Something (buggy MPC Software) that will soon be overtaken by events (suicide of Akai´s one and only maintenance programmer Pete Goodliffe?) Just jokin´. By the way, brandnew v1.4 of the MPC Software ist still unstable as hell….

    “For some reason my 1.4 crashes after I close out the program on almost every attempt.. Even when I don’t have any plugins open.”

    “the program randomly crashes sometimes when i’m in the sample edit mode, switching through to chop..”

    “same here ! (…) Not Working:
    MIDI Clock sending
    MUTE/SOLO Hardware / GUI not synced.
    (confusing… if you like to use the mouse and the hardware to solo or mute tracks)
    WINDOW/FULL SCREEN not activate-able by double-click

    “When I try to save a project where I’ve made a beat using 3 or 4 vstplugins, when I save the project, and load it back up again, for some reason it’s as if my last 10 or 15 saves were not saved, so I basically lost the beat, or most of it. So when it opens up its my project after I’ve already saved, and load again its like my last actions werent saved, I’m missing the last two plug ins I inserted on 2 tracks and 2 sequences are missing. Also the sequence was reverted back to an old sequence from when I had saved the project hours earlier. Save function is acting a little funny for me. Also, I pressed undo once and it stepped back so far that I lost a whole pattern on one track, and the last track I was working on. The vst instrument changed presets and also the pattern changed to something I had deleted like 5 minutes prior. So undo is definitely still a mess. And saving a project, sometimes it saves properly, but it stops saving after a while even if it says it saved. It will load back up and bring you back to a prior state way way before the last actual time you saved in that project.”

    “MPC STUDIO Freezes when tweaking FOCUSRITE SCARLETT EQ PLUGIN while hitting the pad to hear the sample’s changes.
    Program crashes when I close. This is happening after I used the MPC 809 VST.
    I shut down the program, kept the MPC Studio ON.
    Restarted the MPC Software.
    The MPC Software doesn’t detect the MPC Hardware.
    Hardware could not be detected.
    “Here’s what ALWAYS happens..
    When I open my last saved project, I have to open it TWICE in order for it to load all the samples. Double-clicking on my project file “my project 1.xpj” should open up my project with all the samples loaded, but it doesn’t load anything but just the plain software. I have to double-click a 2nd time – pretty much opening the project 2 times..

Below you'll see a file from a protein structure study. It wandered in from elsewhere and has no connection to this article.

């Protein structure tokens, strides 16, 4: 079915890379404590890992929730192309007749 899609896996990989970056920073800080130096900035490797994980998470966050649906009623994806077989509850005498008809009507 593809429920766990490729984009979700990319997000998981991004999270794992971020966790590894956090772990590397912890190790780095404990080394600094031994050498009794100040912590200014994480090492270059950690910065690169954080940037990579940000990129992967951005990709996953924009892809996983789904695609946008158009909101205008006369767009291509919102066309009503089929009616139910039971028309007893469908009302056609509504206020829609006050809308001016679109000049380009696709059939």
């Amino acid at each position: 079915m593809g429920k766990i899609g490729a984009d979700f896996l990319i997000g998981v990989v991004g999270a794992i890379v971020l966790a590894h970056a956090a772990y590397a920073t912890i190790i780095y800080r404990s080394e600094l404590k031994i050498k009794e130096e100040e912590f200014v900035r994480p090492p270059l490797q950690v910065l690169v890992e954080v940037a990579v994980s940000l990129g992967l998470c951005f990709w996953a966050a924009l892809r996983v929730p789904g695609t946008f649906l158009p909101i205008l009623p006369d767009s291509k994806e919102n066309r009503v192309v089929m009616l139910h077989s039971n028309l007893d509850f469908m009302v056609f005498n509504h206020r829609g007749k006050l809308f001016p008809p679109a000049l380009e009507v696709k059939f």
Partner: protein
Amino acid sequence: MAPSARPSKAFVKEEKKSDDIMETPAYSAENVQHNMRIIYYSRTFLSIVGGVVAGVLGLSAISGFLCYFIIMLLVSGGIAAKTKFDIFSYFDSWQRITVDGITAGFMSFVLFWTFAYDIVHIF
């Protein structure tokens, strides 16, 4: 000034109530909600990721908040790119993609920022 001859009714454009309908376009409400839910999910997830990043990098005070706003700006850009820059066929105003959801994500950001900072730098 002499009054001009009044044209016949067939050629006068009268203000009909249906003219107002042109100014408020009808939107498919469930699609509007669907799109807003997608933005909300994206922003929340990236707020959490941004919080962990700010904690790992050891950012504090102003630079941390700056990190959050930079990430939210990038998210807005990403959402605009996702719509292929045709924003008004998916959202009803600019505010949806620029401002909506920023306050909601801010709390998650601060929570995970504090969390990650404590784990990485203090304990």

1. double-click on “my project 1.xpj”
    2. it opens MPC software
    3. nothing loads.. just an empty template!
    I have to double-click on “my project 1.xpj” again for it to finally load my saved project.
    This happens both:
    A. when I open my last project from my desktop
    B. when the MPC Software already opened.

  • Gee, Roger´s implementation of MIDI has worsened!

    Akai MPC 3000 Internal Sync:
    Maximum variation between any two consecutive Sixteenth Note intervals:
    3 Samples [0.06ms]

    DSI/RLD Tempest Internal Sync:
    Maximum variation between any two consecutive Sixteenth Note intervals:
    16 Samples [0.33ms]

    Akai MPC 3000 External Sample Accurate Midi Clock Sync:
    Maximum variation between any two consecutive Sixteenth Note intervals:
    13 Samples [0.27ms]

    DSI/RLD Tempest External Sample Accurate Midi Clock Sync:
    Maximum variation between any two consecutive Sixteenth Note intervals:
    33 Samples [0.69ms]

    P.S.: “to rearrange the deck chairs on the Titanic… (idiomatic) To do something pointless or insignificant THAT WILL SOON BE OVERTAKEN BY EVENTS, or that contributes nothing to the solution of a current problem”

  • Wow!

    “my experience within 1.4 can be summed as: one step forward and two step backward. like i said on other threads nice impruvments feature wise, but new bugs, much worse plug-in compatibility (osx and au) and too many crashes which before (1.3.1) i never had. Thats a shame, im done really, put the ren on the second hand market. Just updated to Live 9 and komplete 9 and gonna take out from the closet my ol mpd 32. when i fancy hw im gonna use the jjos 2500. happy for the user that dont have this problems and enjoy their device, me im loosing too much time and tracks need to be done. peace.”
    —-andreat668 @ MPC Forums